Layout Design Elements
Updated: Feb 25, 2020
The above photo was taken from a different perspective from any of my previous photos of the Georgia Northeastern Railroad locomotive service facility in Tate, Georgia. For this photo I wanted to replicate a prototype photo I took of the facility so I placed the camera on the layout and used a line of trees placed in a scrap piece of foam to provide a backdrop and screen out the isle. It took several attempts to get everything just right, but I think it turned out pretty close to replicating the prototype photo below.
For those model railroaders that want to model a prototype railroad, how do you decide what to include on your layout? As with most things in life, compromises will have to be made. Very few model railroaders have the room to exactly model a prototype mile for mile. Noted author Tony Koester has coined the term, Layout Design Elements (LDEs) for modeling a visually and operational recognizable part of a prototype railroad. In Tony’s latest book, Time-Saving Techniques for Building Model Railroads from Kalmbach Media, Tony states about LDEs, “The basic idea is that we can choose the best candidates from among many found along a division of a given railroad, string them end-to-end in geographically order connected by segments of main line, and be reasonably certain that the resulting track plan will look and operate like its prototype.”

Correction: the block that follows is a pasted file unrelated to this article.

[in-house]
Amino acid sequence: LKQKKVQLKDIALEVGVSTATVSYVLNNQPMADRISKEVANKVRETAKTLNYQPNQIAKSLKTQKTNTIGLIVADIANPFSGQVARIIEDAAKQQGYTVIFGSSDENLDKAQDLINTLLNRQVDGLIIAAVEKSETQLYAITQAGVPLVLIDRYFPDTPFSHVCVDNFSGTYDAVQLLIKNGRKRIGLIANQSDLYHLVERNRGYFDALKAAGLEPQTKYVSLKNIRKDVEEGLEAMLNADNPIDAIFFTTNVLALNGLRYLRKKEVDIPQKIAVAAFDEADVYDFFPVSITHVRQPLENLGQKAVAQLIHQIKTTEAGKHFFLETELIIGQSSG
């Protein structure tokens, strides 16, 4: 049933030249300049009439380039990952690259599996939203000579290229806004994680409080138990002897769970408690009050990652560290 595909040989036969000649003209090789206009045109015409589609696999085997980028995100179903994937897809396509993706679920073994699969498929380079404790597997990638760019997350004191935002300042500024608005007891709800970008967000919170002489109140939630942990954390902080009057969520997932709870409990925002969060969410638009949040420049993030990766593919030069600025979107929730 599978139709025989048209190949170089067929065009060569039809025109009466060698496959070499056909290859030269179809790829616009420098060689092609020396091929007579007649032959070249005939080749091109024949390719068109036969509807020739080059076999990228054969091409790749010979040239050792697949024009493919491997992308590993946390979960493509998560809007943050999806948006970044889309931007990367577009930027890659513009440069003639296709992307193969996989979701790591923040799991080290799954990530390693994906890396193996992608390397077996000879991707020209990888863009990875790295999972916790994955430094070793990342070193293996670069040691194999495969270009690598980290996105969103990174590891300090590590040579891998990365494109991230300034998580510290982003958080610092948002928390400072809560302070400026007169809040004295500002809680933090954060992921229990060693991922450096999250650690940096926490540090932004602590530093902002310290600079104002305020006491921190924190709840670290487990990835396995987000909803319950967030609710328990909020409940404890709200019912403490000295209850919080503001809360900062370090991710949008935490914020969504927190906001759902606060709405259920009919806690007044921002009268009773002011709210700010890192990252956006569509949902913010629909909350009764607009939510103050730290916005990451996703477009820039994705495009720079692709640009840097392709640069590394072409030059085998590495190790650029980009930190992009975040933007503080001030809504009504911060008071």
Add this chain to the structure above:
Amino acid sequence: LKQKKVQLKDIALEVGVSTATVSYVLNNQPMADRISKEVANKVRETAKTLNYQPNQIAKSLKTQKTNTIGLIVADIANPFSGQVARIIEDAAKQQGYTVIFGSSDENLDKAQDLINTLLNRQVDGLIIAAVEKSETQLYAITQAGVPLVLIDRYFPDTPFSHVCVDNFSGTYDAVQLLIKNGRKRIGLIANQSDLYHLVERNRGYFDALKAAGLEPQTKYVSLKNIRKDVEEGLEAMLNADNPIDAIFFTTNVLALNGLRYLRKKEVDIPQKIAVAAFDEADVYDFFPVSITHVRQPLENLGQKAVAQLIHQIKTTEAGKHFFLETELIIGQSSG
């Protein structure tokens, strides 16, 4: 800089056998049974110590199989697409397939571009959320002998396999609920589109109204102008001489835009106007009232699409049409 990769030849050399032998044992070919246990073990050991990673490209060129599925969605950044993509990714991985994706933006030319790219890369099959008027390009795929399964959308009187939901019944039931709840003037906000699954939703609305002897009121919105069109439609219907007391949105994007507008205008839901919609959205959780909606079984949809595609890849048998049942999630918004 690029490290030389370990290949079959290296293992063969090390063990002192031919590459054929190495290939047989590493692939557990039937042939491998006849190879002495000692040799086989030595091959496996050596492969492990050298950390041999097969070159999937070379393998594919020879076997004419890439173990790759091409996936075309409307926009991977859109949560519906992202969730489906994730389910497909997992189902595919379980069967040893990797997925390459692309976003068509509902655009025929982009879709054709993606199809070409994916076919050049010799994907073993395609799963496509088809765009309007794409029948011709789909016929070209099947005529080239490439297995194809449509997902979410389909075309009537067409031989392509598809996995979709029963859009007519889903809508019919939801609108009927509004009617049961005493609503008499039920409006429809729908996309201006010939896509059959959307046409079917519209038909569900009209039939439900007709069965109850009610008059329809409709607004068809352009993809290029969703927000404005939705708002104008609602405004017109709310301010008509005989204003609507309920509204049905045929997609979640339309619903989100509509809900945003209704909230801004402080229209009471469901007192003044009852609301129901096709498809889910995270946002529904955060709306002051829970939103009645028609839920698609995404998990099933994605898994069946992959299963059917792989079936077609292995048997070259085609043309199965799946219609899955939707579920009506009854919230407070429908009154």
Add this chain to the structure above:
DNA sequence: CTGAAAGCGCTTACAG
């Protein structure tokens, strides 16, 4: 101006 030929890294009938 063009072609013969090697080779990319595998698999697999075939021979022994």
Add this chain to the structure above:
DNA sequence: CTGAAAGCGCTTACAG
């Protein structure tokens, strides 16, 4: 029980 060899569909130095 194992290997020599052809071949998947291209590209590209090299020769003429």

My Georgia Northeastern model railroad is proto-freelanced, that is it is based on the Georgia Northeastern Railroad (GNRR) but is not an exact copy of the track arrangement or includes all the industries served by the prototype. The idea was to capture the “flavor” of the geographical area and replicate the operations as close as possible, but not build a mile for mile replica. Most of my structures are kitbashed to represent the prototype structures. By painting them similar colors and capturing the key details of the prototype structures or facilities, most visitors to my layout that are familiar with the prototype believe they are exact copies of the prototype structures even though they are not.
One of the key LDEs scenes on my layout is the GNRR locomotive facility in Tate, Georgia. In the numerous photos of the prototype facility a few things instantaneously stood out. The most visible element is the unique sand tower. I knew that if I wanted to closely model the facility I had to include this feature. This involved scratch building the sand tower based on photographs and rough measurements I took at the facility. I also arranged the fuel pump and fuel storage tanks in a similar location to the prototype. The building is a metal two bay service structure that was easily modeled using a Pikestuff two bay engine house. I added a side office area to the original structure with extra Pikestuff siding pieces to more closely replicate the prototype structure. Once all the elements came together, I ended up with a reasonably close model of the prototype facility.
In the prototype photo above, you’ll notice a few differences between the prototype and model. The prototype service facility is slightly taller than the model and has an entry door between the two roll up doors. The track arrangement is also different, but I did keep the main elements at the facility in the same locations. The biggest difference is that on my layout the facility faces north, while on the prototype it faces south. Many visitors do not even notice the different direction as the rest of the facility looks “correct”.
For those that desire to model a prototype, look for features that immediately place the railroad in time and location. If you spend the time to focus on these details the payoff will be when visitors immediately recognize the area you are modeling, even if it is not 100% accurate.